Reader query: returning after a career break

I’ve had a query from a reader seeking advice about returning to philosophy after a career break. In her case, it was several years off with small children after getting her PhD and before getting a job. She knows it will be tough, but she really does want to return to philosophy.

Have any of you had similar experiences? Any advice to offer?

8 thoughts on “Reader query: returning after a career break

  1. So much to say here… I, too, returned after a hiatus. When I resumed work on the PhD, I had a 10-year-old and an 8-week-old baby.

    One of the first challenges I faced was overcoming that idea that I wasn’t completely committed to or serious about philosophy — assumptions that I wouldn’t be able to attend colloquia, wouldn’t be able to join colleagues for dinner or drinks after a talk, wouldn’t be able to finish the program in the time allocated, etc. Meeting these sorts of challenges is relatively straightforward: just work twice as hard as your colleagues. Be visible, be engaged, be efficient, be wise.

    But then there’s the second, much harder challenge: overcoming the perception that you’re *too* serious, too intense, too committed. After all, many grad students go through the roller coaster ride of wondering whether this is really what they want to do. And most of the other grad students will have time and energy to stay up until 4 am, talking and socializing and building memories. You’re not likely to have time to do that, and you’re also not likely to experience the same doubts and hesitations, because you’ve got much more invested when you return to grad school with the support of a partner and perhaps other family. The only advice I can offer here is: social media. Use it to create and maintain a network (in conjunction with carefully chosen “real” social opportunities, of course). Again: be visible and engaged, but also efficient and wise.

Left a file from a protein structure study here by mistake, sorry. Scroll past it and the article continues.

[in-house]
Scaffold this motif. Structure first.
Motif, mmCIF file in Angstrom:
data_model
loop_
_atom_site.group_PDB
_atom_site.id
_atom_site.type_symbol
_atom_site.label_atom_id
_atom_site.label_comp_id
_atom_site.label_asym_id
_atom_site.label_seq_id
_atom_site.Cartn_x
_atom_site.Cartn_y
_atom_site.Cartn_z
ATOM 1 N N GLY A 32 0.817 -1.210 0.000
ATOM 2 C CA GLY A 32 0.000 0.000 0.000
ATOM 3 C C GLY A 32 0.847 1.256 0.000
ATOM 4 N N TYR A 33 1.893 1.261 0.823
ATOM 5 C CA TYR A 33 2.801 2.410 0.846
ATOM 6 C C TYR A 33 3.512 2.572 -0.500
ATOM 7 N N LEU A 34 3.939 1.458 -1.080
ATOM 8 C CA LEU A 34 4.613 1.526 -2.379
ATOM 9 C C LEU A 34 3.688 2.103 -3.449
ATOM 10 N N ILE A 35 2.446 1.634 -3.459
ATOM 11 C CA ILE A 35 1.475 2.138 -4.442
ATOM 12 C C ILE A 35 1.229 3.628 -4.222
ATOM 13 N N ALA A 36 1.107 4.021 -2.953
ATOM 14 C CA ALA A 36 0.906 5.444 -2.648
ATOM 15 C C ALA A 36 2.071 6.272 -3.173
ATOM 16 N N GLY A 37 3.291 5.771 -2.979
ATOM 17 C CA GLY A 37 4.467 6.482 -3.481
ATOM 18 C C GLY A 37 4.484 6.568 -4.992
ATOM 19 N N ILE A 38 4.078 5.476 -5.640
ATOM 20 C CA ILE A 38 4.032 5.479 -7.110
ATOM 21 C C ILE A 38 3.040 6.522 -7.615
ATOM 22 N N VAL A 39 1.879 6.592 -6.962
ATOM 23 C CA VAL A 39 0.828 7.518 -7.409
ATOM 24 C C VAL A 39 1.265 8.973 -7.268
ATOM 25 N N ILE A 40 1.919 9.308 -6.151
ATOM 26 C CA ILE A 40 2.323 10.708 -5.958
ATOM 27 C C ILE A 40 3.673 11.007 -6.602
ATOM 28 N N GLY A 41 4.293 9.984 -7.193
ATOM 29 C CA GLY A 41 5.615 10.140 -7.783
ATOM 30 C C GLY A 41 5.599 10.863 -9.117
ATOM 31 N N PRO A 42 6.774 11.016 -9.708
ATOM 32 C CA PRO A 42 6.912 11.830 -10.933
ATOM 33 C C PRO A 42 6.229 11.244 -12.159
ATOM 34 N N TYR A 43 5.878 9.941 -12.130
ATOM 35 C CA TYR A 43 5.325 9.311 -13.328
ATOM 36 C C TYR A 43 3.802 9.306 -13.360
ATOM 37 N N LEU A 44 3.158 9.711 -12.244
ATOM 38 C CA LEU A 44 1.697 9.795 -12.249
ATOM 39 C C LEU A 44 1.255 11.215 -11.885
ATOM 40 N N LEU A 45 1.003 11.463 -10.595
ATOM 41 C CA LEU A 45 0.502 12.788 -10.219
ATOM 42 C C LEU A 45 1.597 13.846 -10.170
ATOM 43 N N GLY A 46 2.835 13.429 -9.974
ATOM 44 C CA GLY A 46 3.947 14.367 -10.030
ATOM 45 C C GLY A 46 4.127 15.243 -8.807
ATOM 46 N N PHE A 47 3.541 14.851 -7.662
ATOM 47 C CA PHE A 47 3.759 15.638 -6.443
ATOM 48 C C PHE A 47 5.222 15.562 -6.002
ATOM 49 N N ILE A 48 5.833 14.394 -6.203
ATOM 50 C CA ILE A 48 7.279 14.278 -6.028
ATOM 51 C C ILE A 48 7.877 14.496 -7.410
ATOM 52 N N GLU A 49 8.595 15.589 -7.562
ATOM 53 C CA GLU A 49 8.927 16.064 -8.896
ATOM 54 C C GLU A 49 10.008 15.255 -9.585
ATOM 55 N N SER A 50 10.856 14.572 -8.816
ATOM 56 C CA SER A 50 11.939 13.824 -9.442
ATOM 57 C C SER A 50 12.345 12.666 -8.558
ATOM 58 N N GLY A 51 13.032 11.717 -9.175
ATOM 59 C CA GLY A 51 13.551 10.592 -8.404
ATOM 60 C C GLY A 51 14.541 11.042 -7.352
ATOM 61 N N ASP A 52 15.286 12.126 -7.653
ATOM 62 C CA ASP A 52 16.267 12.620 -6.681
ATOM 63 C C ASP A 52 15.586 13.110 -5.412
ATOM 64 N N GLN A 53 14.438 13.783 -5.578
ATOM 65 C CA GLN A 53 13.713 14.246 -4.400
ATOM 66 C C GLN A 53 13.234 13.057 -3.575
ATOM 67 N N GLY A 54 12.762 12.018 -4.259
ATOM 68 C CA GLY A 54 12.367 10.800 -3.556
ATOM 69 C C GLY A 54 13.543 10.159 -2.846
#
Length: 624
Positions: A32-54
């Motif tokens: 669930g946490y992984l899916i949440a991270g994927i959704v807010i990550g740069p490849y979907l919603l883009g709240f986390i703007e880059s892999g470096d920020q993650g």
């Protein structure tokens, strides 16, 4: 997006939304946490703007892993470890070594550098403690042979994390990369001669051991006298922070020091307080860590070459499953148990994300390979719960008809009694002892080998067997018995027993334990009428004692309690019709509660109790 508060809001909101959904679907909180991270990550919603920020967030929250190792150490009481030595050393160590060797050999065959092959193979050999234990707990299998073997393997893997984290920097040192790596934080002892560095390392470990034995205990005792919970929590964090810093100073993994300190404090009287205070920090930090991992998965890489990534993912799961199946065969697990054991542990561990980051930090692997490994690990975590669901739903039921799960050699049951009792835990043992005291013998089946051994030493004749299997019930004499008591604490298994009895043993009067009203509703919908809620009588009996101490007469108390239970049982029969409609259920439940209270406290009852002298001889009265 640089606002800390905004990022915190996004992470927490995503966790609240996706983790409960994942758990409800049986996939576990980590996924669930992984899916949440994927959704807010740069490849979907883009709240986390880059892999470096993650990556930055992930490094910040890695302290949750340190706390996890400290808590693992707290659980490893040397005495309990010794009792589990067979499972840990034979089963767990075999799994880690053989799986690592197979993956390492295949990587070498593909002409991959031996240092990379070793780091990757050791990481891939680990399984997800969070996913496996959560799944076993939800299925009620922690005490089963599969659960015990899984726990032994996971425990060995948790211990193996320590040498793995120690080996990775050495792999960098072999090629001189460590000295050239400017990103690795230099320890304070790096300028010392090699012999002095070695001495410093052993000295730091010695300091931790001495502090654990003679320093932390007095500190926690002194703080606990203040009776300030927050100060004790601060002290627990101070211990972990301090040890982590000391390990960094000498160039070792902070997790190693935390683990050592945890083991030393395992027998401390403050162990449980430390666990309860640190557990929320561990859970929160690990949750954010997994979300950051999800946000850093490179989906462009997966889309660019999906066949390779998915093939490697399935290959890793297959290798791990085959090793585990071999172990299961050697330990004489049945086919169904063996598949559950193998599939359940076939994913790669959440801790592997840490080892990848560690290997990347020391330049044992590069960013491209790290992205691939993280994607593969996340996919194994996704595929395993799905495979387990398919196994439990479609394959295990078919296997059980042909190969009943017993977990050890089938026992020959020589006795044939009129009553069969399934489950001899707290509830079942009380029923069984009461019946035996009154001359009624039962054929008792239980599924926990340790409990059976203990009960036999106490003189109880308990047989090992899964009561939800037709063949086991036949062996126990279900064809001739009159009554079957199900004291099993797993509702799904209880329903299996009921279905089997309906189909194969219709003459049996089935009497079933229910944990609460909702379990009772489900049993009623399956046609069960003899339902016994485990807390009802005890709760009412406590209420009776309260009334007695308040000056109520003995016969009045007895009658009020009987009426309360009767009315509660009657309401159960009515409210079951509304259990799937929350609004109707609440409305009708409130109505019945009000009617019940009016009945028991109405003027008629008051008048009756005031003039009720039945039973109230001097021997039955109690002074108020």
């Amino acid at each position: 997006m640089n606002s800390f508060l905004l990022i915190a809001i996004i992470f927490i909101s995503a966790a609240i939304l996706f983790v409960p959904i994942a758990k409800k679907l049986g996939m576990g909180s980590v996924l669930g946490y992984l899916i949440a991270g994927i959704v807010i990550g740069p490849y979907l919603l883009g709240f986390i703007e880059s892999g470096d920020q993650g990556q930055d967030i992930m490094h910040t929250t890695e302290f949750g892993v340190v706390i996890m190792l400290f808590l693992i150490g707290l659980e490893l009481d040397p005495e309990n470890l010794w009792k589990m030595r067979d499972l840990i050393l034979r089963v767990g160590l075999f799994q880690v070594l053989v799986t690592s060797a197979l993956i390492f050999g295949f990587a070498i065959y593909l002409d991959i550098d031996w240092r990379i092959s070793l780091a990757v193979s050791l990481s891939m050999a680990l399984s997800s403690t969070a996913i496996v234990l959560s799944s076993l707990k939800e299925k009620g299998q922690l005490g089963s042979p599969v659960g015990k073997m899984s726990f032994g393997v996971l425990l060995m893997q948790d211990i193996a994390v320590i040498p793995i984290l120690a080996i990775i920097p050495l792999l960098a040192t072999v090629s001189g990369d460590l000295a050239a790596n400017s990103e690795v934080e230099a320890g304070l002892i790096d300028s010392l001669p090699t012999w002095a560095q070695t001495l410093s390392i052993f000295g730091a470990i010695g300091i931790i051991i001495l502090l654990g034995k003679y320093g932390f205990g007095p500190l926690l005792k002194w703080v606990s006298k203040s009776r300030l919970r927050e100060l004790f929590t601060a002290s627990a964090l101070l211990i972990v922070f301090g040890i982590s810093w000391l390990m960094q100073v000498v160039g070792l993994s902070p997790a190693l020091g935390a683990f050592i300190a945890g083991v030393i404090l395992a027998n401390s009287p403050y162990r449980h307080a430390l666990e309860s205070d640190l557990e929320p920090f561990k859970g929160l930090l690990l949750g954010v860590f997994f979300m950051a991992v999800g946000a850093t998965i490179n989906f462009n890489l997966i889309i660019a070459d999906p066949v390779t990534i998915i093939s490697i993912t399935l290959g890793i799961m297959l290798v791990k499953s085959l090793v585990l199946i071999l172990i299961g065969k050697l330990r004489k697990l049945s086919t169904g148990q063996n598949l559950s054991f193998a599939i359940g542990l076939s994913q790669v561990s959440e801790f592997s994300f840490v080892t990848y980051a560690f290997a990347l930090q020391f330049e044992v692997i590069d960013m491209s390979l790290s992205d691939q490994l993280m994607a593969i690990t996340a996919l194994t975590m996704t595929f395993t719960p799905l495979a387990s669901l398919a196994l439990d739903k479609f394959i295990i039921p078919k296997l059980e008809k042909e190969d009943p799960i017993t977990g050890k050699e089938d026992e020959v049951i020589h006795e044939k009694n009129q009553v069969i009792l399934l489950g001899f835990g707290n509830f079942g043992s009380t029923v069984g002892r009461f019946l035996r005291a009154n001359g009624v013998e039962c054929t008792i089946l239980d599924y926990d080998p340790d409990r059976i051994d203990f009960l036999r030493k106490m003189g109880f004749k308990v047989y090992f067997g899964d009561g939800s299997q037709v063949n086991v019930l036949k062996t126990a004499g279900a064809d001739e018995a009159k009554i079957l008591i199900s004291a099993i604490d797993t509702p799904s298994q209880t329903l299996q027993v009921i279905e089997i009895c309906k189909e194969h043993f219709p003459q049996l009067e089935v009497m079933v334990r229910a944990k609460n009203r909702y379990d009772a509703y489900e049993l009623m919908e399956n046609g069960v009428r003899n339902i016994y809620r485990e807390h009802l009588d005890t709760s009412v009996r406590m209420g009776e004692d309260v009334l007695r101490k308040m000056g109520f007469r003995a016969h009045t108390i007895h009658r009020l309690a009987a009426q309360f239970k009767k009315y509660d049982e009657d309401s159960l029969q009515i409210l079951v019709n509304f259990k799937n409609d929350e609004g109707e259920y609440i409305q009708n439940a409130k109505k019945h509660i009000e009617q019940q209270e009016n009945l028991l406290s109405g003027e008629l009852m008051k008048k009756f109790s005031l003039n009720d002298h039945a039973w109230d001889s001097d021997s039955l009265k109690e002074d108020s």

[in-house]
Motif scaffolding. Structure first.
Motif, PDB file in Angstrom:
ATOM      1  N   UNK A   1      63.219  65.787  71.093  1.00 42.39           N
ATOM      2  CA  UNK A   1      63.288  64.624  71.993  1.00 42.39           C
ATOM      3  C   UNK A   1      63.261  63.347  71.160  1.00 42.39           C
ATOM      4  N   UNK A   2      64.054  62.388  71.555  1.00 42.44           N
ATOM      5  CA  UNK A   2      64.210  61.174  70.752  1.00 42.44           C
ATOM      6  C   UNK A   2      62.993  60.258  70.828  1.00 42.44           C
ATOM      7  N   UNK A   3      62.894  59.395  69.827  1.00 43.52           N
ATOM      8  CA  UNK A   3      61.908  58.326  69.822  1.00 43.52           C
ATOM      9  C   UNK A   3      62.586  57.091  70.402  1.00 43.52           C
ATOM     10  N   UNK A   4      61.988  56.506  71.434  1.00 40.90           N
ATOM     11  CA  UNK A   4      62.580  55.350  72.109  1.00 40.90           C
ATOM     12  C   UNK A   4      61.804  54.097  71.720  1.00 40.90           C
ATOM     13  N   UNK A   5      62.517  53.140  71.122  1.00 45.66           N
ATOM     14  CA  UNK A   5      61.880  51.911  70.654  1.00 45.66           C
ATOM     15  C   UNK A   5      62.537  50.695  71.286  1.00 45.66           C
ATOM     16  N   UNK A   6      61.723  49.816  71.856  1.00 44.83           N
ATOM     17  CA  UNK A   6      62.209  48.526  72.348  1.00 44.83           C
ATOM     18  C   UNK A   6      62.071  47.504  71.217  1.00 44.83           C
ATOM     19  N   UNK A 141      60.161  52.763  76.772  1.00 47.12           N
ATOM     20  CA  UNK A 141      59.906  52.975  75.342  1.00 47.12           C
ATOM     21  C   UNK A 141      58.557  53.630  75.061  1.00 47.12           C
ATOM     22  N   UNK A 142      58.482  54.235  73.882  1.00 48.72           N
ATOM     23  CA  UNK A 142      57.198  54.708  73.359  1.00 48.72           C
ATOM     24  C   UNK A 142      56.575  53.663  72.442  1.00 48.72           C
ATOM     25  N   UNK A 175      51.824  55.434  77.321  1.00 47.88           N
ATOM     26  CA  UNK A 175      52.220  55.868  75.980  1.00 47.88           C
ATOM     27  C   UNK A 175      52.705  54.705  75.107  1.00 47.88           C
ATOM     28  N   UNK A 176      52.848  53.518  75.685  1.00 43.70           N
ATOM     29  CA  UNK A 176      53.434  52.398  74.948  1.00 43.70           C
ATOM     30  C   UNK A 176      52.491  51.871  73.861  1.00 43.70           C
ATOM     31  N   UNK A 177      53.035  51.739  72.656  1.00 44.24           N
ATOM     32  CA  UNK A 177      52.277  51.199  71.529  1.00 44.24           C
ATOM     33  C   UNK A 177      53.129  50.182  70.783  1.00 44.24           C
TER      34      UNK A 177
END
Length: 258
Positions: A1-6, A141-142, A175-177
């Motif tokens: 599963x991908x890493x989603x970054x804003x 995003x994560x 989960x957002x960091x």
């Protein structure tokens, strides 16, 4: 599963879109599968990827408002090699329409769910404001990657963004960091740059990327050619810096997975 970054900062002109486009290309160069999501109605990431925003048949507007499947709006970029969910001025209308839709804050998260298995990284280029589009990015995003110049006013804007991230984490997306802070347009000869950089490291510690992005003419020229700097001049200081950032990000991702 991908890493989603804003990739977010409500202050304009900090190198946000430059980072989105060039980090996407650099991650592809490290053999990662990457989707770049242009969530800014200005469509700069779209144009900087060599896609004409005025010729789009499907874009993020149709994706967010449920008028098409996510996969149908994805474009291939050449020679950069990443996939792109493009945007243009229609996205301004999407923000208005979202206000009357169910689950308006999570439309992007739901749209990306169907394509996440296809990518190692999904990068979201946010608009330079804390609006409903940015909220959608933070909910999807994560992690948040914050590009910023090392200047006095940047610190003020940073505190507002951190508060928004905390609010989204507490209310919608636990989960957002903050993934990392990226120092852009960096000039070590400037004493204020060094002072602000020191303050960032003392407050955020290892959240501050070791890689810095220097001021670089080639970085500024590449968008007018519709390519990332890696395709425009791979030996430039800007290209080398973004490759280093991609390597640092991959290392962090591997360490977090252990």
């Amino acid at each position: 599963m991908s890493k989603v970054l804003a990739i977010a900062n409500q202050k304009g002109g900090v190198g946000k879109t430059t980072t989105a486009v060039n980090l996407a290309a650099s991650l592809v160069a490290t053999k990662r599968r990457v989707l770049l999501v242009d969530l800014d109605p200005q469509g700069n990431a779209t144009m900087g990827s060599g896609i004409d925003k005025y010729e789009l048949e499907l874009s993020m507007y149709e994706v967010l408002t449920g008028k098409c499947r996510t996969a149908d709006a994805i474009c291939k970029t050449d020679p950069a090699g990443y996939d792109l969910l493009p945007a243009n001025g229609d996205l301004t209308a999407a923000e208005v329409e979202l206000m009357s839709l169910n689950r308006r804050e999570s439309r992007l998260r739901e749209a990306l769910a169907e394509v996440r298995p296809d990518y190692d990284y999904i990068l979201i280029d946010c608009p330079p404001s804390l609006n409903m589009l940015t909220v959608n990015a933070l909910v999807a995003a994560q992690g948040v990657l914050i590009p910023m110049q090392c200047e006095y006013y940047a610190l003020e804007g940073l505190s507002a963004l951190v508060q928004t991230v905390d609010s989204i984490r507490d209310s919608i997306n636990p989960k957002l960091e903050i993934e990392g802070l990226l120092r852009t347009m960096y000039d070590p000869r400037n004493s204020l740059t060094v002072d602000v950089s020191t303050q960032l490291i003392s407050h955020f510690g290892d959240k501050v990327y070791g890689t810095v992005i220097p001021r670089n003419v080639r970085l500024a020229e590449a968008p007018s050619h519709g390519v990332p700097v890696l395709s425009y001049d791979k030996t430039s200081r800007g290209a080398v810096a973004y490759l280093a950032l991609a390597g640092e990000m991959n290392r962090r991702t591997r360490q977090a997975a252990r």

Good luck!

  2. Thanks, Heidi. It’s worth noting, though, that the query is from someone who already finished her PhD, who is hoping to (eventually) go out on the philosophy job market.

  3. Oh! My bad. Thanks for the correction, Jender.

    Well, then I think she will face the same two challenges, but my advice is inverted:

    To demonstrate that you’re committed to philosophy, use social media, blogs, web sites, and other technology. (Web sites, in particular, are a must-have for philosophers on the market these days — this enables you to post and update works-in-progress, your CV, samples of teaching materials, etc.)

    And to demonstrate that you’re not too committed (even hiring committees looking for the stellar candidate are often hesitant about someone who is perceived as too one-dimensional or intense), make sure that you are open and confident about your ability to juggle family and work — i.e., make sure that they realize that you are used to carrying twice the load.

    (I realize that this last piece of advice may be repugnant for those feminists who believe that women shouldn’t have to work doubly hard for the same jobs, recognition, or rewards. If only that were the case! But it’s not. At least not right now.)